It is notable that at the time of publishing of this article, the Bill has undergone the 1st reading at the National Assembly on 25th March 2021.[1] This is the introductory stage of a bill with a few stages until it is passed to law. As it is still in its early stages, we expect that there will be some amendments based on commentary from stakeholders. As such, we shall publish further updates on this article once the Bill is passed into law providing the key improvements that the Bill shall provide in the governing of the landlord-tenant relationship.

Overall, the introduction of a consolidated Bill is a welcomed improvement as it promises convenience in the access of the laws relating to tenancies in Kenya. Further, the added powers of the tribunals would encourage ease and efficiency in the access of justice in cases of dispute.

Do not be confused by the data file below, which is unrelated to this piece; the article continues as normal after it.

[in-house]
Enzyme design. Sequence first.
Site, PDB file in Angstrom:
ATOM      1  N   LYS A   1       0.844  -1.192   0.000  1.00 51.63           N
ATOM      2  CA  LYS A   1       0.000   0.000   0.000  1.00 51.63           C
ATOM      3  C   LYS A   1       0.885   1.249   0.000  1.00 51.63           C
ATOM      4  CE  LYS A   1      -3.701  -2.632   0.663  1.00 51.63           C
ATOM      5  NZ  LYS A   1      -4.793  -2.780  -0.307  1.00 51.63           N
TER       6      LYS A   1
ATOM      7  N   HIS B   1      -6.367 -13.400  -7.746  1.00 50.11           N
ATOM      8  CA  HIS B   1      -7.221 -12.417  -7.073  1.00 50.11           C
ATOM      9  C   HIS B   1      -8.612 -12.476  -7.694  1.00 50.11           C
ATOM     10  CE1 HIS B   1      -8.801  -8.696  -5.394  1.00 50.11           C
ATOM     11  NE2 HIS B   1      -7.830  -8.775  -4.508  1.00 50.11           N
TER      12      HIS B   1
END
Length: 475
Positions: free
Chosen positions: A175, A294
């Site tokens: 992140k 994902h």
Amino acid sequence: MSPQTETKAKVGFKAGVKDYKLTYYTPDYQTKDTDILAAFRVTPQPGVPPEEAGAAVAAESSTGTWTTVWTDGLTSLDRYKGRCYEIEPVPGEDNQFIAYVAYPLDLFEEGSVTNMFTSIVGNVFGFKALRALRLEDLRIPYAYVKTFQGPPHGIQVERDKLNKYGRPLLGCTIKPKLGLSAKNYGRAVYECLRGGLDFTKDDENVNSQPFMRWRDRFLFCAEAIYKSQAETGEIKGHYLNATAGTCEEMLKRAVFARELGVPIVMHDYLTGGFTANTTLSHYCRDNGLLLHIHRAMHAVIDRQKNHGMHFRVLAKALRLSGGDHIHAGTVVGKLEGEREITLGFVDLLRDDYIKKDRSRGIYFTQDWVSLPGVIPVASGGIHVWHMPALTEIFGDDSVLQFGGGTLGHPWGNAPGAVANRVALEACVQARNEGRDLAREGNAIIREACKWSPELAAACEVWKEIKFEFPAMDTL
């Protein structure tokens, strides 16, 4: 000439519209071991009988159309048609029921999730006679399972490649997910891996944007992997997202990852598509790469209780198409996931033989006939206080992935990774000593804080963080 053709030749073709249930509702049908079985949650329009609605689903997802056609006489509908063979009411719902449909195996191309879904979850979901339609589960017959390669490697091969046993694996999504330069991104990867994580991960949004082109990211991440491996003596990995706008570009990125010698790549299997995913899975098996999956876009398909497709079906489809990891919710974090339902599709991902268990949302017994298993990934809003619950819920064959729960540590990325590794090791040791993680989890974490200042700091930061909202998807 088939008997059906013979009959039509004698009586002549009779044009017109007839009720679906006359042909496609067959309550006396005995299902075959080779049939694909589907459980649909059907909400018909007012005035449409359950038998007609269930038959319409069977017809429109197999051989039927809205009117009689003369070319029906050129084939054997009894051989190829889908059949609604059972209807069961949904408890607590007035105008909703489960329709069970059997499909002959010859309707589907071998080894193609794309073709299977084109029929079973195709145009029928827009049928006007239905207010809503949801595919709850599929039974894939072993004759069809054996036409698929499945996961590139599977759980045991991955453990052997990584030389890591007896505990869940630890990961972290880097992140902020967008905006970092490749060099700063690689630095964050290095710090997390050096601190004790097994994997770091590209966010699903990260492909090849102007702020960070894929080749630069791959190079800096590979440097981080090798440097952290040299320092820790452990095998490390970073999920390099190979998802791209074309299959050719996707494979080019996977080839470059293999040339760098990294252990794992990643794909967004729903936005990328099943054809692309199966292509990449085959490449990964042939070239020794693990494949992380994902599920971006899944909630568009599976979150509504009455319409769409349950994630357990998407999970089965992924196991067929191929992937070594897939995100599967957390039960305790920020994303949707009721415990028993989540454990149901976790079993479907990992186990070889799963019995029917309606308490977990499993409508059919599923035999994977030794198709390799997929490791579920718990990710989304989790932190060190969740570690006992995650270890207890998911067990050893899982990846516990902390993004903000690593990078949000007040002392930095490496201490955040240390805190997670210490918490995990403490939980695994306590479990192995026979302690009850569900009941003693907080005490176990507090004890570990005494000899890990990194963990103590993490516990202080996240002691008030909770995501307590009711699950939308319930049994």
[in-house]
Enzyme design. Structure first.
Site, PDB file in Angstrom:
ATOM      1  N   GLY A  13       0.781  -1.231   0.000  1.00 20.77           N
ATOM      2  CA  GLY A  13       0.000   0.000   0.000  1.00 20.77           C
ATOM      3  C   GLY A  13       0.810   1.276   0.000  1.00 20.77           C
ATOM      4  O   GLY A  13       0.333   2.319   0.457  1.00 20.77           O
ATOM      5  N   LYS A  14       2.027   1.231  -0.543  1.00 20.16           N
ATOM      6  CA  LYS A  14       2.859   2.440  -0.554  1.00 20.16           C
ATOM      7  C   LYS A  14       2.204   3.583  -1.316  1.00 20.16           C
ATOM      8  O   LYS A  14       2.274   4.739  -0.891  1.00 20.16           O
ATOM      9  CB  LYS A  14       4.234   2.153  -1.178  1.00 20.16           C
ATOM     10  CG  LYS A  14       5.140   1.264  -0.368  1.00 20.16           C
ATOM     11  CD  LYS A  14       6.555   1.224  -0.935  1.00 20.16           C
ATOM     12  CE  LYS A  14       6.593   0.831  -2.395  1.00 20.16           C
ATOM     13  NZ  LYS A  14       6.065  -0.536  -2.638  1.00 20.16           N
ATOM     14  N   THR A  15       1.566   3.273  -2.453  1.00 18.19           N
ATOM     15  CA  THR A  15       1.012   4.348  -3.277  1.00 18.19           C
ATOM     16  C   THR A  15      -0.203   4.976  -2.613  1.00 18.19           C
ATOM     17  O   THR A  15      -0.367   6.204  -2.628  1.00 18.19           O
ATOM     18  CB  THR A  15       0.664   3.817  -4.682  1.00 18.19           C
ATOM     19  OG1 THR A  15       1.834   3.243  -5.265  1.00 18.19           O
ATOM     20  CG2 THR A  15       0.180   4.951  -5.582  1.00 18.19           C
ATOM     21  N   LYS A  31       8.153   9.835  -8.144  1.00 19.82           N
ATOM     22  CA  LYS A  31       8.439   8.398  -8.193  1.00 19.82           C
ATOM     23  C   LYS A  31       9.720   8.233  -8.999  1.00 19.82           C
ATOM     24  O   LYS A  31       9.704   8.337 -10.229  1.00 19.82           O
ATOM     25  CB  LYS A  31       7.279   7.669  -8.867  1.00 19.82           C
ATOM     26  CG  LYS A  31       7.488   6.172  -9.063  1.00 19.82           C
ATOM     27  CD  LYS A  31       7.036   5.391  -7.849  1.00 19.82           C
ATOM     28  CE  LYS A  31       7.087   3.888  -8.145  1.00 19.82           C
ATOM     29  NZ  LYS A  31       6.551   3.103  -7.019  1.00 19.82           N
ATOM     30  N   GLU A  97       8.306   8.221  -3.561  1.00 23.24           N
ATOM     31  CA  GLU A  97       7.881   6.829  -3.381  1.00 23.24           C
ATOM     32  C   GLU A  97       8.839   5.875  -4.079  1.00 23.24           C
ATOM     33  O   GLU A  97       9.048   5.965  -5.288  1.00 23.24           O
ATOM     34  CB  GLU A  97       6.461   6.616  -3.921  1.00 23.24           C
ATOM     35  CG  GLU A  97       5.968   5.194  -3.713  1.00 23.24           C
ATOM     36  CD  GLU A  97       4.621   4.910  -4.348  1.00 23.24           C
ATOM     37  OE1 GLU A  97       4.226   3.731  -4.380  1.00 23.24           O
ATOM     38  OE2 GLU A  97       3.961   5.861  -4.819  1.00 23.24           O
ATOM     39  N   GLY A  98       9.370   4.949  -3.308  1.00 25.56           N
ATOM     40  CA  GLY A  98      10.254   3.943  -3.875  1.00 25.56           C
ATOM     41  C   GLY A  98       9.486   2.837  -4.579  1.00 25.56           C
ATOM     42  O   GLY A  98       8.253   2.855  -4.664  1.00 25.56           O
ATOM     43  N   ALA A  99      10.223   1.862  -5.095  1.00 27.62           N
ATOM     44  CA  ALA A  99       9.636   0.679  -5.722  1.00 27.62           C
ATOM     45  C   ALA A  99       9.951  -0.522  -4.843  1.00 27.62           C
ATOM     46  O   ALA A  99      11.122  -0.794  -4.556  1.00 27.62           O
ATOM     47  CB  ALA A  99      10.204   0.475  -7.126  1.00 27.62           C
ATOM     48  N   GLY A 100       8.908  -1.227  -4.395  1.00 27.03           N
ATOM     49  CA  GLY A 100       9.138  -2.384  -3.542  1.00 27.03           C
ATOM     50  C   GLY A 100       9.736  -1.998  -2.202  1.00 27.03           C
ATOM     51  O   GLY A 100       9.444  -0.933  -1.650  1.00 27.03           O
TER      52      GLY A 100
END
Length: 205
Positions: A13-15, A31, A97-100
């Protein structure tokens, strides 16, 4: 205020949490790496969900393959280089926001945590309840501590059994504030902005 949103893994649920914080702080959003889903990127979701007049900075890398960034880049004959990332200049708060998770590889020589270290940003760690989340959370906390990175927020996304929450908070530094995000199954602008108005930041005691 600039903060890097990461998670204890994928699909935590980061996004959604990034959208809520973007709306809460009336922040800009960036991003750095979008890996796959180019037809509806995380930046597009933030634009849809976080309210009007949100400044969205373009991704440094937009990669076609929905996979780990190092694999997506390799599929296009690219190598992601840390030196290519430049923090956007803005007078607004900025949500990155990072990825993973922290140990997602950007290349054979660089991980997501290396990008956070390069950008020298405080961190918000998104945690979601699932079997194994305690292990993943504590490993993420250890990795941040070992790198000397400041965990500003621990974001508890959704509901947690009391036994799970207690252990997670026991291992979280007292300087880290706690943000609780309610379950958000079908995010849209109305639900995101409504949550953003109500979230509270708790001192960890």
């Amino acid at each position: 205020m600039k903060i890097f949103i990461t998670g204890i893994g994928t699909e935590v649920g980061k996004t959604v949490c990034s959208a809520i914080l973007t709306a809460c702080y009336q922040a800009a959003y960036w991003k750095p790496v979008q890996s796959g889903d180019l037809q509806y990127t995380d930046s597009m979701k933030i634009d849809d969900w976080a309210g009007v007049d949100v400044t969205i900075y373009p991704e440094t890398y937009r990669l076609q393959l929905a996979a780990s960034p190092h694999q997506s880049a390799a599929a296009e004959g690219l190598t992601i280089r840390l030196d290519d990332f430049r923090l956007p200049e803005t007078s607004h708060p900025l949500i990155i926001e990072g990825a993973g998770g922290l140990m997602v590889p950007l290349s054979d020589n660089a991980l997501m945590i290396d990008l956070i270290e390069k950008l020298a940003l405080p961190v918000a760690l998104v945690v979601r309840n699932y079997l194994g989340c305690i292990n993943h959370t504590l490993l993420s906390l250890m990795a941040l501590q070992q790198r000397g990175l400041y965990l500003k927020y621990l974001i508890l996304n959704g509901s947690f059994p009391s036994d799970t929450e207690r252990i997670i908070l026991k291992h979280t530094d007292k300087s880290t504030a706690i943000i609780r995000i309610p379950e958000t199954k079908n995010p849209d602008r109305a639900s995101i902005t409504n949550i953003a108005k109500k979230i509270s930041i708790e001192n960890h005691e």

For further reading, the Bill may be accessed here.

Article by Christine Wambui, Junior Associate, MMAN Advocates. Christine's background is in commercial and corporate law specializing in Real Estate, Banking and Finance.

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[1] The National Assembly of the Republic of Kenya, Bill Tracker as at 14th May 2021, (accessed on 13th May 2021)